Monday, June 28, 2010

The Story of My Life

One Sunday each year our church devotes a service to poetry. Friends and members, as they are so moved, may read poems of their own or from others. This year I read a piece by Rumi which hits pretty close to the mark.

The Story of My Life
i was ready to tell
the story of my life
but the ripple of tears
and the agony of my heart
wouldn't let me
i began to stutter
saying a word here and there
and all along i felt
as tender as a crystal
ready to be shattered
in this stormy sea
we call life
all the big ships
come apart
board by board
how can i survive
riding a lonely
little boat
with no oars
and no arms
my boat did finally break
by the waves
and i broke free
as i tied myself
to a single board
though the panic is gone
i am now offended
why should i be so helpless
rising with one wave
and falling with the next
i don't know
if i am
nonexistence
while i exist
but i know for sure
when i am
i am not
but
when i am not
then i am
now how can i be
a skeptic
about the
resurrection and
coming to life again
since in this world
i have many times
like my own imagination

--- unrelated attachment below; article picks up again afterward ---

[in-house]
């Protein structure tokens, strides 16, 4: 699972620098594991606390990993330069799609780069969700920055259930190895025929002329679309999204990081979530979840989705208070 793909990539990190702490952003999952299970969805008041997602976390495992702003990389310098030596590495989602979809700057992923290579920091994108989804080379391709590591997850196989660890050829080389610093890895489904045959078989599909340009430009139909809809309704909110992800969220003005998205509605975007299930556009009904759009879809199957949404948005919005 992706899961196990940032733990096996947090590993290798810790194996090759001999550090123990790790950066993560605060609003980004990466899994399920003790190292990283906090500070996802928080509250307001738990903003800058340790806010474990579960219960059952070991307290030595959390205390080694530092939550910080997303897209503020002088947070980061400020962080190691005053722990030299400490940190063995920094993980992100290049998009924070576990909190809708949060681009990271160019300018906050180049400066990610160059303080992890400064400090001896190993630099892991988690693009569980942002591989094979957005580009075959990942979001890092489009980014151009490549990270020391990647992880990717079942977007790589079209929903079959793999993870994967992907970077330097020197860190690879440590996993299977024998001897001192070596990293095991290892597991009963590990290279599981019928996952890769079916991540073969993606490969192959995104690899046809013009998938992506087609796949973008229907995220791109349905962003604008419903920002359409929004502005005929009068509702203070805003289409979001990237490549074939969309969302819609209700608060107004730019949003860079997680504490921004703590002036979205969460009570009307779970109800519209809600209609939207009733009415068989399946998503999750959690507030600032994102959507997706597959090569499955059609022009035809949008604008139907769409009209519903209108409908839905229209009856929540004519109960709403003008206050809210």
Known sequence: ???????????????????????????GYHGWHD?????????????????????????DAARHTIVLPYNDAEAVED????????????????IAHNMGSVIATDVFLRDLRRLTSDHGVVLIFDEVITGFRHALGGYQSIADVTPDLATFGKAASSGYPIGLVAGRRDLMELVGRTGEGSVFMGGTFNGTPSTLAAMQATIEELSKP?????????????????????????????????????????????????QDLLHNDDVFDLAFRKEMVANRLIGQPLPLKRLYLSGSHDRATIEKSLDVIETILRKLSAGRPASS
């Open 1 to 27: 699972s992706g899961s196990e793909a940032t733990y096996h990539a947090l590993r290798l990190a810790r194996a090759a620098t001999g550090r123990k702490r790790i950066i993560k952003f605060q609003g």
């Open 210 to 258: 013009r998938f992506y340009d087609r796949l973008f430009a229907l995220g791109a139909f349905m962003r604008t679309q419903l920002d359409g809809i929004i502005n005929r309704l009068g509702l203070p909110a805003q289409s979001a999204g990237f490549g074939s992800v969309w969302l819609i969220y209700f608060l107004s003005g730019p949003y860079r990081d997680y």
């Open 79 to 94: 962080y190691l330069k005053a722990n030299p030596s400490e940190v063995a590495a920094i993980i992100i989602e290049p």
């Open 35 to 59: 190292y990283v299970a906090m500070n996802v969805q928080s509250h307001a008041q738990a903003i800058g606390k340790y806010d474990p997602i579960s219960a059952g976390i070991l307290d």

died and
been born again
that is why
after a long agonizing life
as a hunter
i finally let go and got
hunted down and became free

Ghazal 1419 Translated by Nader Khalili

Rumi was a 14th century Persian and Sufi mystic. No stranger to grief, as exampled by The Story of My Life, Rumi also writes about love. A lot. Not just love, but undying and unconditional love. It is the juxtaposition of ultimate love and ultimate grief that is a recurrent theme of his and to which I am most drawn.

I wonder how many of our frailties and ills, our longings and sufferings, result from avoiding grief and thus abandoning love?

Saturday, June 19, 2010

Eulogy

Dear friends,
Thank you for being here with me, with my family today. I suspect if I said “thank you” to each of you, personally, you’d probably respond with something like “well of course I’m here – where else would I be?” I know this, because this is what I have been saying to you and what you have been replying with over the past 7 weeks. But I say this now, here, because I really want each of you to know, as deeply as you can, how changed I am because of you. No doubt Amy’s death has profoundly changed me and will continue to change me, but you, this community of dear friends, brothers and sisters, have shown me something about what community means, what friendship means, what love and compassion means. My boys and I are forever in debt to you all. And I must say, part of me hopes, prays, I never need to pay you back. But if that time does come, I hope I can show the same compassion, courage and loving kindness you have shown me.

I also what to acknowledge Amy’s professional colleagues. I can’t begin to count the number of times Amy expressed her joy with her work/life balance. She felt she had an ideal situation being able to work part-time yet stay connected to her profession and also have time to be a wife, a mother and active in our community. It meant a lot to her as a woman, as a professional with a career, and a mother with children. And it meant a lot to me.